To be Expected

Jayden jumped up from his seat next to me suddenly, cursing. I looked up at him. We were at my apartment, watching the soccer game. I watched as he muttered a constant, low string of curses, running his hands frantically over his pockets, in search of… something. I looked next to me -at the spot where he’d sat- and rolled my eyes.

I’d bet $10 that I knew what he was looking for.

I whistled, calling his attention to me, and pointed at the couch, at his phone and wallet. He gave me an embarrassed look, but he seemed relieved.

“Thanks, babe,” he said, giving me a kiss on the cheek and grabbing his stuff.

“What’s wrong?” I asked, sitting up. I grabbed the remote and muted the TV.

“I’m the worst,” he muttered, fiddling with his phone. He ran a hand through his fine black hair and turned to me. “I’m an idiot. Today’s my dad’s birthday and I forgot,” he said louder. “I was supposed drive up to Boston this morning. God, I’m the worst son ever.”

He flopped back onto the couch next to me and leaned his head back, eyes closed and breathing controlled.

“No, you're not,” I interjected. “So you forgot one birthday. It happens.”

I had ignored much more important events.

This was a rare fault, not malicious or intentional. And his parents were the best parents you could ask for. His whole family was great, really. They wouldn’t hold it against him.

“Yes, I am,” he insisted. “I didn’t get him a present last year and this year I forget all together?”

“I haven’t gotten my parents anything for their birthdays in years,” I said, not at all exaggerating. Of course, that was mostly because they didn’t much want to see me after…

“Tyler, I haven’t gone back to visit them since you met them,” Jayden said, running his hand through his hair again. It fell back over his eyes anyway. “That was three months ago.”

I wasn’t going to tell him.

I couldn’t tell him.

What would he think of me?

I knew the answer to that.

Heartless, a voice taunted.



“I skipped my sister’s funeral,” I blurted.

Too late.

Jayden’s eyes flashed open and he looked straight into my eyes.

I held my hands together to keep from slapping one over my mouth.

Idiot, the voice mocked now.

     “My parents still hate me for it,” I continued. I braced myself for the rebuttal, shoulders tensing. Understanding dawned in his eyes and he put a hand on my shoulder sympathetically.

“That’s why I haven’t met them yet,” Jayden muttered. I nodded stiffly, still looking into his eyes. I was waiting for the judgment -the resentment, the disgust- that I had gotten used to. I waited for the words that would be spoken in the familiar repulsed, disappointed tone. “You skipped your sister’s funeral?”

But none of it ever came. The disbelieving squint, the horrified expression, the raised eyebrow were all absent from his features.

Instead, his eyes softened, his face relaxing with sympathy, and he pulled me in for a hug. I let out a surprised sob, my hands flying up automatically to grab his shoulders.

My last boyfriend had left me when I’d told him I skipped Merideth’s funeral. He’d called me heartless monster and he’d left. My friends had been disappointed in me, not seeing how I could miss my sister’s funeral on purpose.

My parents hated me for it. Absolutely loathed me. They didn’t understand how I could just skip Merideth’s funeral; my baby sister’s funeral.

Sometimes, I couldn’t either.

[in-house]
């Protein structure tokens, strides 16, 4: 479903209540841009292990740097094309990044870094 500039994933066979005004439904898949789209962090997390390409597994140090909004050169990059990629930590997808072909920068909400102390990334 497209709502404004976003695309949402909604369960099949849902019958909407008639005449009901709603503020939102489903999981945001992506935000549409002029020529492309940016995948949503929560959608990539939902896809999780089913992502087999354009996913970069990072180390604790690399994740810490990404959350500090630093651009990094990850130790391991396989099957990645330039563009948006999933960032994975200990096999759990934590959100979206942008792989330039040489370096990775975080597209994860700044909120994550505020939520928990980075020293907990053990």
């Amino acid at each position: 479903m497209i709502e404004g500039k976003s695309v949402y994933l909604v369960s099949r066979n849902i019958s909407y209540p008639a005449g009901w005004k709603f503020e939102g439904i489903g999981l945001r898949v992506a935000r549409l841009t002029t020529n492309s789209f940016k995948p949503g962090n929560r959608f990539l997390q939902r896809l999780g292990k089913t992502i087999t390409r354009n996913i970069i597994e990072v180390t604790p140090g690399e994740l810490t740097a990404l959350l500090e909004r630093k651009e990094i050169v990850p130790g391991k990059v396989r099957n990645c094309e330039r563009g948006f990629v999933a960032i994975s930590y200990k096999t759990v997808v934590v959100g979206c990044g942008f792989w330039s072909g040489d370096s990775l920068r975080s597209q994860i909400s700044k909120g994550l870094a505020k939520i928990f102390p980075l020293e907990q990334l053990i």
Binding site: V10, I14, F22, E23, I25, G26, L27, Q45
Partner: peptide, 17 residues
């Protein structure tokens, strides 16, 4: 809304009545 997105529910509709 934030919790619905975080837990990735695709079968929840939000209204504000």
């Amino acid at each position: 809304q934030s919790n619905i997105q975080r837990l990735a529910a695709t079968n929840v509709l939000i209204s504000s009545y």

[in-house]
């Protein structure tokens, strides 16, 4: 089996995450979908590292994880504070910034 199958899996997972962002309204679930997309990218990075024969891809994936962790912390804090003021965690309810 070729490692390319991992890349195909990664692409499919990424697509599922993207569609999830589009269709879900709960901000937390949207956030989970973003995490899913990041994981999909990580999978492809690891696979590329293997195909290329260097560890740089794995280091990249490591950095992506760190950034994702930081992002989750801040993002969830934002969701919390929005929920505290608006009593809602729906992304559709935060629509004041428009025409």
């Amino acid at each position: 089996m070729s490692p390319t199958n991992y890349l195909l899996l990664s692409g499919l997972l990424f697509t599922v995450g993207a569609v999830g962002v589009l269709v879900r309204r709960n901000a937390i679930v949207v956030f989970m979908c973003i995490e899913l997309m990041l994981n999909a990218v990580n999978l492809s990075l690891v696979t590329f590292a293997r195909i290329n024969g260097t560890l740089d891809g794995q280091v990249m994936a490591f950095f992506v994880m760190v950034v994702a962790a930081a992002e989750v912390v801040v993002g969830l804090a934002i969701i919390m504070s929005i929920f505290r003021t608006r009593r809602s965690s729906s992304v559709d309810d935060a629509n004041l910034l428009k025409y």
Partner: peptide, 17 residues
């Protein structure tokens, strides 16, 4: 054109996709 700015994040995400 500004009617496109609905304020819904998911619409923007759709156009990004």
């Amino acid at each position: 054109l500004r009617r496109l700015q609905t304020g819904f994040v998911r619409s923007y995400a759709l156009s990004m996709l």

“It’s okay,” Jayden whispered soothingly.

“I just,” I felt the need to explain myself, “I couldn’t go. She was gone and I… I couldn’t stop her.”

I was crying into his shoulder. He didn’t seem to mind the tears, though they were falling onto his shirt.

I tried to slow the tears, force them back. I wasn’t supposed to cry, right? I was a guy. That’s what they told you: Don’t cry. Be a man.

“Stop her?” Jayden asked in a soft cautious voice, not letting me out of his arms.

“She killed herself,” I whispered into his shoulder. I didn’t know why we were whispering. “She locked herself in the bathroom and... Everyone was supposed to be out for a while and it was just her.”

The words were flowing now, tumbling out of my mouth like water spilling out over a riverbed. I couldn’t bring myself to put up a dam to stop the flood.

“I got home early and went to use the bathroom. The door was locked and she wasn’t in her room. I knew something was wrong. I called for her and she said everything was going to be okay,” I continued, tears falling as freely as my words now. I’d stopped trying to hold them back, “I called an ambulance, but they were too late. I banged on the door and screamed, trying to get her to let me in.  She kept saying that it was okay. I should’ve… done something. Knocked down the door or come straight home rather than mess around at school. But I didn’t. It was my fault.”

And I hadn’t even known there was a problem.

“It was my fault. My little sister, my fourteen-year-old sister died and it was my fault,” I said again, a whisper now.

“No,” Jayden said. An objection. I pulled away and looked up at him. He was blurry through my tears.

No?” What did he mean “no”? I wiped the back of my hand across my eyes, trying to clear my face of tears. Jayden rubbed his thumb over my cheek, stopping a tear from falling.

“No,” Jayden said, completely sure of himself. “It was absolutely not your fault. You tried. That’s what matters; that’s all that matters.”

I looked into his eyes. He really believed what he was saying.

“It. Was. Not. Your. Fault,” Jayden said, “and you deserve better from everyone.”

And for a minute, at least, I believed him. 

Jamie Ryu

Originally appeared in the 2013-2014 edition of Outside In.